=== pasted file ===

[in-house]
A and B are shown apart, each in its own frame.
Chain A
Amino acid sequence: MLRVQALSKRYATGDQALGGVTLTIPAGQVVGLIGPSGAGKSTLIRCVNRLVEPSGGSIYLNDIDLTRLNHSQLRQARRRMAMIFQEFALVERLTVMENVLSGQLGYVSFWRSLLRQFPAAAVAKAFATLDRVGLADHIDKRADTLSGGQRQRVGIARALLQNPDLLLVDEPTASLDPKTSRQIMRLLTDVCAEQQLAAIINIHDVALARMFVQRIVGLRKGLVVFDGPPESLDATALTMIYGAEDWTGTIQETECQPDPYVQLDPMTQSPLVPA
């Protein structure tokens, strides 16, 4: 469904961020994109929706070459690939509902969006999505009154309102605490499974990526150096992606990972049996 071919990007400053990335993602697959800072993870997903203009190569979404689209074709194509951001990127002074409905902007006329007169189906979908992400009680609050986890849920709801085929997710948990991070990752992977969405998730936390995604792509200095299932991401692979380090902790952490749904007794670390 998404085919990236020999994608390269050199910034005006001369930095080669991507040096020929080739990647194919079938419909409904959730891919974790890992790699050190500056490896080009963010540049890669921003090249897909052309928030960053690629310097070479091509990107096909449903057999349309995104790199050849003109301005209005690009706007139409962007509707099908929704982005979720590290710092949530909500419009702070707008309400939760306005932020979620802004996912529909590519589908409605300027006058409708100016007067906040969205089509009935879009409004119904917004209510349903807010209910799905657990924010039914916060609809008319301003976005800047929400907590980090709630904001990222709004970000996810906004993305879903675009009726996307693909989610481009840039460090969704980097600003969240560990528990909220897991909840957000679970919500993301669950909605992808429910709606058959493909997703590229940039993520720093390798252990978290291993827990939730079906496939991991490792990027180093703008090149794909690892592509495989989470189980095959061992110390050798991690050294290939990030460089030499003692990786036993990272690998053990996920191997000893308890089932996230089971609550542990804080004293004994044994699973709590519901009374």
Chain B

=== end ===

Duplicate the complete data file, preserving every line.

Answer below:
[in-house]
A and B are shown apart, each in its own frame.
Chain A
Amino acid sequence: MLRVQALSKRYATGDQALGGVTLTIPAGQVVGLIGPSGAGKSTLIRCVNRLVEPSGGSIYLNDIDLTRLNHSQLRQARRRMAMIFQEFALVERLTVMENVLSGQLGYVSFWRSLLRQFPAAAVAKAFATLDRVGLADHIDKRADTLSGGQRQRVGIARALLQNPDLLLVDEPTASLDPKTSRQIMRLLTDVCAEQQLAAIINIHDVALARMFVQRIVGLRKGLVVFDGPPESLDATALTMIYGAEDWTGTIQETECQPDPYVQLDPMTQSPLVPA
């Protein structure tokens, strides 16, 4: 469904961020994109929706070459690939509902969006999505009154309102605490499974990526150096992606990972049996 071919990007400053990335993602697959800072993870997903203009190569979404689209074709194509951001990127002074409905902007006329007169189906979908992400009680609050986890849920709801085929997710948990991070990752992977969405998730936390995604792509200095299932991401692979380090902790952490749904007794670390 998404085919990236020999994608390269050199910034005006001369930095080669991507040096020929080739990647194919079938419909409904959730891919974790890992790699050190500056490896080009963010540049890669921003090249897909052309928030960053690629310097070479091509990107096909449903057999349309995104790199050849003109301005209005690009706007139409962007509707099908929704982005979720590290710092949530909500419009702070707008309400939760306005932020979620802004996912529909590519589908409605300027006058409708100016007067906040969205089509009935879009409004119904917004209510349903807010209910799905657990924010039914916060609809008319301003976005800047929400907590980090709630904001990222709004970000996810906004993305879903675009009726996307693909989610481009840039460090969704980097600003969240560990528990909220897991909840957000679970919500993301669950909605992808429910709606058959493909997703590229940039993520720093390798252990978290291993827990939730079906496939991991490792990027180093703008090149794909690892592509495989989470189980095959061992110390050798991690050294290939990030460089030499003692990786036993990272690998053990996920191997000893308890089932996230089971609550542990804080004293004994044994699973709590519901009374």
Chain B